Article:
Eliza has references to a lot of heady arguments but never takes a stand nor provides facts. Instead, we’re given a story, and the player is supposed to experience that story, but it’s hard to feel that something is gained when much of it feels like it’s made to entertain instead of inform. Yes, bad stuff happens, but it happens because the author wrote it that way, not because that’s the way things are, so while the arguments can be made, it’s not the overall purpose of Eliza.

However, without taking a strong stance on many issues Eliza lacks what could have been a stronger story. There’s no 11th-hour battle, there’s no major confrontation, the end of Eliza is a 6-way choice system and while I resonated with one of the choices, the ending is only slightly different. Admittedly, the six different endings are very solid though they amount to a few minutes of content a piece, I still replayed that last section four times to see four different results and enjoyed them.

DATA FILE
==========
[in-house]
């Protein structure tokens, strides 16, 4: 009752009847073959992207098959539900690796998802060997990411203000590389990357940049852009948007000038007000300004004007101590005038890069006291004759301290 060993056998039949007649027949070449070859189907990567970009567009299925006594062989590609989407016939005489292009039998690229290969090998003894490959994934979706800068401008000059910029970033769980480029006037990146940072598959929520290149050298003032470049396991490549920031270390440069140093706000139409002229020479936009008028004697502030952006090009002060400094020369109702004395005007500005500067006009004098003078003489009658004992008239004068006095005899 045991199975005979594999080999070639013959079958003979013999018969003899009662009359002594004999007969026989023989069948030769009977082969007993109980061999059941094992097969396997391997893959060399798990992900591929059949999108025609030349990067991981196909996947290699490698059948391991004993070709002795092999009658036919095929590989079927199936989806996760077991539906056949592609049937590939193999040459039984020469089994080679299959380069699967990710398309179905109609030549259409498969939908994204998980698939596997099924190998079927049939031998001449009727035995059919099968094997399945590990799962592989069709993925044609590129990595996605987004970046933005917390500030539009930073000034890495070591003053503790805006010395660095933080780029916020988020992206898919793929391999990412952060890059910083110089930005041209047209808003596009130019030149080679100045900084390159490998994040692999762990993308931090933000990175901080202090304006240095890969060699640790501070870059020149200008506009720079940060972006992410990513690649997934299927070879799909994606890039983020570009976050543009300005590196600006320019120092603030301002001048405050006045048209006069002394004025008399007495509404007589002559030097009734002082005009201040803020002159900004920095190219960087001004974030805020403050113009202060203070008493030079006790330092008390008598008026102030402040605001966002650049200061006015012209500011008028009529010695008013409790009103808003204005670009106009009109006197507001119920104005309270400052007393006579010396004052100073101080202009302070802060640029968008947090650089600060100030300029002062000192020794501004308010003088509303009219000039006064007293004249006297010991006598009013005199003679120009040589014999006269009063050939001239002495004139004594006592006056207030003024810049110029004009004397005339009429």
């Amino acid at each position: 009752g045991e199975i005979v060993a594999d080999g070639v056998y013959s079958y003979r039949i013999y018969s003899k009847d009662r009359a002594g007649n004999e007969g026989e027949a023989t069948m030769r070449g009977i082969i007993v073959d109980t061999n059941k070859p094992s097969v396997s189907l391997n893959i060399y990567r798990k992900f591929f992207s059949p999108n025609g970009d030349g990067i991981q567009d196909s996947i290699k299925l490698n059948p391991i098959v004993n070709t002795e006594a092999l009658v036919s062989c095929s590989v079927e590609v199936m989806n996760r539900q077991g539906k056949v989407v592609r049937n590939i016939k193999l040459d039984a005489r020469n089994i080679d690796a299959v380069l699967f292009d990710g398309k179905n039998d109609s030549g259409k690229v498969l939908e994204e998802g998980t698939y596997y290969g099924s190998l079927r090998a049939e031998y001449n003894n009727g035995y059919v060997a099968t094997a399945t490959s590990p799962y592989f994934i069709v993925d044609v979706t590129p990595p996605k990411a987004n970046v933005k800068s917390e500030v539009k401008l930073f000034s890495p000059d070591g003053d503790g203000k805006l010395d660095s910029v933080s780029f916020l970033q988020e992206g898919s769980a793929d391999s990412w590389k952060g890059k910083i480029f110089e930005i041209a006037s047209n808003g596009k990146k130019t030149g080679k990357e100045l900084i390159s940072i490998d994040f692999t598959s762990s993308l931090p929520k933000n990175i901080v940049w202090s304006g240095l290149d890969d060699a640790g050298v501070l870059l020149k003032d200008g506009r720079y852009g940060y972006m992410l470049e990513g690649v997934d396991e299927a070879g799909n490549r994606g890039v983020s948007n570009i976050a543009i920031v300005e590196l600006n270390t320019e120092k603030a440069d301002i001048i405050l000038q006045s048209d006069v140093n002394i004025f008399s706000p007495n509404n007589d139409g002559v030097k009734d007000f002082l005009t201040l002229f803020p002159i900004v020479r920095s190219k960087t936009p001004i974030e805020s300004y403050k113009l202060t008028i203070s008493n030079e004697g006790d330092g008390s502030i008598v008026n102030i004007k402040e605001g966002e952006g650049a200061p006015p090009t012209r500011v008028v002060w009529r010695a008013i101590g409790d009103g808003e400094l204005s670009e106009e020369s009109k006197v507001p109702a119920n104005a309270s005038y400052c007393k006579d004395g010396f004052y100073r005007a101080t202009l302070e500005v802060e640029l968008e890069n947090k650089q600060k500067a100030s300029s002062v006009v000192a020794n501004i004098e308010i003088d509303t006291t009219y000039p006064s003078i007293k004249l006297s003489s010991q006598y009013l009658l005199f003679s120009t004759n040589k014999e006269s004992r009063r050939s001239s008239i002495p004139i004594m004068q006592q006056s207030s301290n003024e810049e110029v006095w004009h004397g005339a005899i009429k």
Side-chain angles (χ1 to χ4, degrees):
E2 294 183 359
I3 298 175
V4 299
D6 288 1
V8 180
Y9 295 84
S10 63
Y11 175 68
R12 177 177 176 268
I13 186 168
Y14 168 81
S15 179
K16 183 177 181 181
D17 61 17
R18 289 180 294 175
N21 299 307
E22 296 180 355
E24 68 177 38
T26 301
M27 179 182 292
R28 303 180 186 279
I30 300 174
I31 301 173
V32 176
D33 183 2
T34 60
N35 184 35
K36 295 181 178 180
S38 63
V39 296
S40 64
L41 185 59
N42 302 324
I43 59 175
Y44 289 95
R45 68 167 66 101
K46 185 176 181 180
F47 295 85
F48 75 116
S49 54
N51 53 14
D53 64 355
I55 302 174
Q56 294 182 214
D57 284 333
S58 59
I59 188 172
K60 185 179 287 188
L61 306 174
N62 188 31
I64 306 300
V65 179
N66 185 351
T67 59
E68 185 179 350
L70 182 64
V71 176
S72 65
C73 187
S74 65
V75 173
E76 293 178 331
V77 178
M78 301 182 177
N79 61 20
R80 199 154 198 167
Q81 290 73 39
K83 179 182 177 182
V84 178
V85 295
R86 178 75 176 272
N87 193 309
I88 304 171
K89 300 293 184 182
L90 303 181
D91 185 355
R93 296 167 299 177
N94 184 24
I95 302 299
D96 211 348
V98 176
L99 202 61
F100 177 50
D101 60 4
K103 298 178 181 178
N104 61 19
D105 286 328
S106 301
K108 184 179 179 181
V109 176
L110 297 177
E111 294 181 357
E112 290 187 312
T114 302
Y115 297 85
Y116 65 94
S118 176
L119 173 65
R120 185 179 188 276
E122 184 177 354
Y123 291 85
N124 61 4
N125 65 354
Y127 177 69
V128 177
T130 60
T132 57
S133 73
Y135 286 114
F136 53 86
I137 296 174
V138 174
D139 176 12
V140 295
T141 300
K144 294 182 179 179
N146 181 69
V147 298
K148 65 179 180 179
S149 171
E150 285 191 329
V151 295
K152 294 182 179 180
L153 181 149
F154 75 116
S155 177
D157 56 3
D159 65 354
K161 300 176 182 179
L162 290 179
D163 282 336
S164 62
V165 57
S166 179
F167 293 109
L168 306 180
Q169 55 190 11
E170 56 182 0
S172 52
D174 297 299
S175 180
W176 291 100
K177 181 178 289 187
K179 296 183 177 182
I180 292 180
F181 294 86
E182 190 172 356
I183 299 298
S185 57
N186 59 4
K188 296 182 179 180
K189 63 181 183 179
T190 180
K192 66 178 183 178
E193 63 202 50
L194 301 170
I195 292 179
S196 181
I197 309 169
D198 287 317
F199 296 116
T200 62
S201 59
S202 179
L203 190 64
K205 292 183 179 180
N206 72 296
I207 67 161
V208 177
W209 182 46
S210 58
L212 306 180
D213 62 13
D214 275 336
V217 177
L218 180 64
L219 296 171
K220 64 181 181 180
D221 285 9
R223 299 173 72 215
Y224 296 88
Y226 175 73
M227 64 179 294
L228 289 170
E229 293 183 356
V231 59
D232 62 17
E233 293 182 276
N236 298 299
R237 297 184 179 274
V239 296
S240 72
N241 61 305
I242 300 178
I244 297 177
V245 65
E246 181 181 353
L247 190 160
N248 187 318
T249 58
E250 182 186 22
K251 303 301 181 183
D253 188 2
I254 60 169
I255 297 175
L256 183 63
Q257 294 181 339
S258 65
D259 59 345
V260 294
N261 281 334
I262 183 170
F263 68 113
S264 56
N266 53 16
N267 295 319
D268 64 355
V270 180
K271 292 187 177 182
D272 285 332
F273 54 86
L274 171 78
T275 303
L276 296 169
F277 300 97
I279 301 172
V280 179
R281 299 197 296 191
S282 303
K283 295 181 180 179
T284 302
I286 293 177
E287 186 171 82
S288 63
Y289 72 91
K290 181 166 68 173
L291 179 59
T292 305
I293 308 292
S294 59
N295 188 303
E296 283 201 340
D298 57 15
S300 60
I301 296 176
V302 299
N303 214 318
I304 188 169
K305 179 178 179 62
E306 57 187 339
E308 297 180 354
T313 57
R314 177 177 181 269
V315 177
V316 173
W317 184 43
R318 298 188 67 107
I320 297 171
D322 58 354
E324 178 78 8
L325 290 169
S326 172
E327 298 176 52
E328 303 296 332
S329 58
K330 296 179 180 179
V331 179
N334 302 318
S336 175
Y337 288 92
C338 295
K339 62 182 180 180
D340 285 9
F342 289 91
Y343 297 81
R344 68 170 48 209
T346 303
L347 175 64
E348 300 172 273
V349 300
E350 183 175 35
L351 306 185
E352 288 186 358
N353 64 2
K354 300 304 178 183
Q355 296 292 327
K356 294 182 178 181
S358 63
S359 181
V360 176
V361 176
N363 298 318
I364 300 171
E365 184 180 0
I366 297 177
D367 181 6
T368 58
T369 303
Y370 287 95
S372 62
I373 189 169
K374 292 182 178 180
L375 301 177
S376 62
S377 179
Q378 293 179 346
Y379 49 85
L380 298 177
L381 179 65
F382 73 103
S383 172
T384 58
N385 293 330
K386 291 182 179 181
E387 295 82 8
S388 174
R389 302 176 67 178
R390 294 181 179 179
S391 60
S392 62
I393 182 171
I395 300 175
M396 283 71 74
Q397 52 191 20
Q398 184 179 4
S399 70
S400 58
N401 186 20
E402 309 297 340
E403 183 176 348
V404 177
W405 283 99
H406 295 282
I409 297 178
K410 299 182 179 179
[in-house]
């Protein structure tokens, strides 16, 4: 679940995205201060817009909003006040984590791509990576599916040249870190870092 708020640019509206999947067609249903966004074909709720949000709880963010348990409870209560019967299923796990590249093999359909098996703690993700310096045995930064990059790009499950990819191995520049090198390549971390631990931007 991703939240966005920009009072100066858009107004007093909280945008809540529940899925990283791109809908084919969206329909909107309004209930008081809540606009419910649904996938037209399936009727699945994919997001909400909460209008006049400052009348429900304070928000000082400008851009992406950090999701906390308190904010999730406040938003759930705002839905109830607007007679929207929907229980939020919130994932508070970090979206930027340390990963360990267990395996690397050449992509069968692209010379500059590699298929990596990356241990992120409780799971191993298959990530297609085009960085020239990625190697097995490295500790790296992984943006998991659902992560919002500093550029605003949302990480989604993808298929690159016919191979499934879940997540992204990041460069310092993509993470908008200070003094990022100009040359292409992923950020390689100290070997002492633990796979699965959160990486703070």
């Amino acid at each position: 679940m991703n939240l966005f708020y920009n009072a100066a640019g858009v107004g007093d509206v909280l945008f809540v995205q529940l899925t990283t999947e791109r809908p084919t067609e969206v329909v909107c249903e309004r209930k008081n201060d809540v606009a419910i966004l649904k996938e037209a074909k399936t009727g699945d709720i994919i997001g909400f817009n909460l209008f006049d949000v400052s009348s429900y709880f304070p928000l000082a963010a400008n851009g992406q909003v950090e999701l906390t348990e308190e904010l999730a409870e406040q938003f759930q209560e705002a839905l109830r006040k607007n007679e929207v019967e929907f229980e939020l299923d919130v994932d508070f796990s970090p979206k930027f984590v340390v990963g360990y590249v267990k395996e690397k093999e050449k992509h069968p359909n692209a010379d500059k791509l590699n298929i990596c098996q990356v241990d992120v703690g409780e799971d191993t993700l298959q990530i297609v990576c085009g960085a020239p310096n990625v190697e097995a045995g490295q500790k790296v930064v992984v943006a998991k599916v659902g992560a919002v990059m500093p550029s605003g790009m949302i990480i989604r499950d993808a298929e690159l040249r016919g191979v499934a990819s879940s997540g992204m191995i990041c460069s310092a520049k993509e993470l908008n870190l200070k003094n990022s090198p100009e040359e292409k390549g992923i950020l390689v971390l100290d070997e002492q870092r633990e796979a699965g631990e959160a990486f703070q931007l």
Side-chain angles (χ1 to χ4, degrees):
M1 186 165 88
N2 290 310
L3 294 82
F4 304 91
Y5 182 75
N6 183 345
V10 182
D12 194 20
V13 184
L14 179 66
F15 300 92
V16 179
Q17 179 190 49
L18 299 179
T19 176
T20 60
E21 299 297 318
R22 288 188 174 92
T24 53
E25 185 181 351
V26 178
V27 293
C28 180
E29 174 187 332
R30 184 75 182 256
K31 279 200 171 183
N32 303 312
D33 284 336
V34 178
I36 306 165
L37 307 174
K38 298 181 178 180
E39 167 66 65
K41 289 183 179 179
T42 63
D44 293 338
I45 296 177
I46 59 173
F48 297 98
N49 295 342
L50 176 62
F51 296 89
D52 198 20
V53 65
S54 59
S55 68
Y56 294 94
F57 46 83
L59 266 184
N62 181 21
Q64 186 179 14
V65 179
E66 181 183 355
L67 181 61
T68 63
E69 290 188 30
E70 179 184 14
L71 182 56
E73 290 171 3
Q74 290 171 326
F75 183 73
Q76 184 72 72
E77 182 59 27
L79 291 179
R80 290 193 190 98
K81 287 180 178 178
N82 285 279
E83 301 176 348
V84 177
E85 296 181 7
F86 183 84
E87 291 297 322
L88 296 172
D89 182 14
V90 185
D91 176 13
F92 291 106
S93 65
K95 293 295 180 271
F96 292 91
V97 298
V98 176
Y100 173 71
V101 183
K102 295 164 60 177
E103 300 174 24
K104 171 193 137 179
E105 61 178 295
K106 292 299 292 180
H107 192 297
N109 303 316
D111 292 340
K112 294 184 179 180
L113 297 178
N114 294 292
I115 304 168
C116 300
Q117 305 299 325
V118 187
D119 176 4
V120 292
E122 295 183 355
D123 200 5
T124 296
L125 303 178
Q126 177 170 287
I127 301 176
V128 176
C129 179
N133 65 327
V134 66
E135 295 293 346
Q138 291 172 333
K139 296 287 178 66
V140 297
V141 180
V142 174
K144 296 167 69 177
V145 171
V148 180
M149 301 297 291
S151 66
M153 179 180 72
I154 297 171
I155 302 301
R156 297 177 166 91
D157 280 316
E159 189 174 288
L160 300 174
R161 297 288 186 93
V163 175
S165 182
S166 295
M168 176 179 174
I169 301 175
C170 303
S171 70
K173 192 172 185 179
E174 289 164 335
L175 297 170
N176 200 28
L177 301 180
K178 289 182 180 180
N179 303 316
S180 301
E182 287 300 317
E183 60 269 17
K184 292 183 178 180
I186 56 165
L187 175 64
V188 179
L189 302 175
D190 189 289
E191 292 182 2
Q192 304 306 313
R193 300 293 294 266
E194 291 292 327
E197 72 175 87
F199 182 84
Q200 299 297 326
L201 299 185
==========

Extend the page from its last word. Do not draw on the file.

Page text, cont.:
One of the problems I have is more how one character is given a villain’s backstory in the final chapter of the game, to the point where they become a caricature of what they were up to that point. The sudden shift in the character is both unnecessary, and strange for a game that spends so much time letting the player draw their own conclusions, and yet that character still hashave an ending where you can side with them, and Everlyn doesn’t even make a reference to how insane that character was acting, or her purpose with siding with them.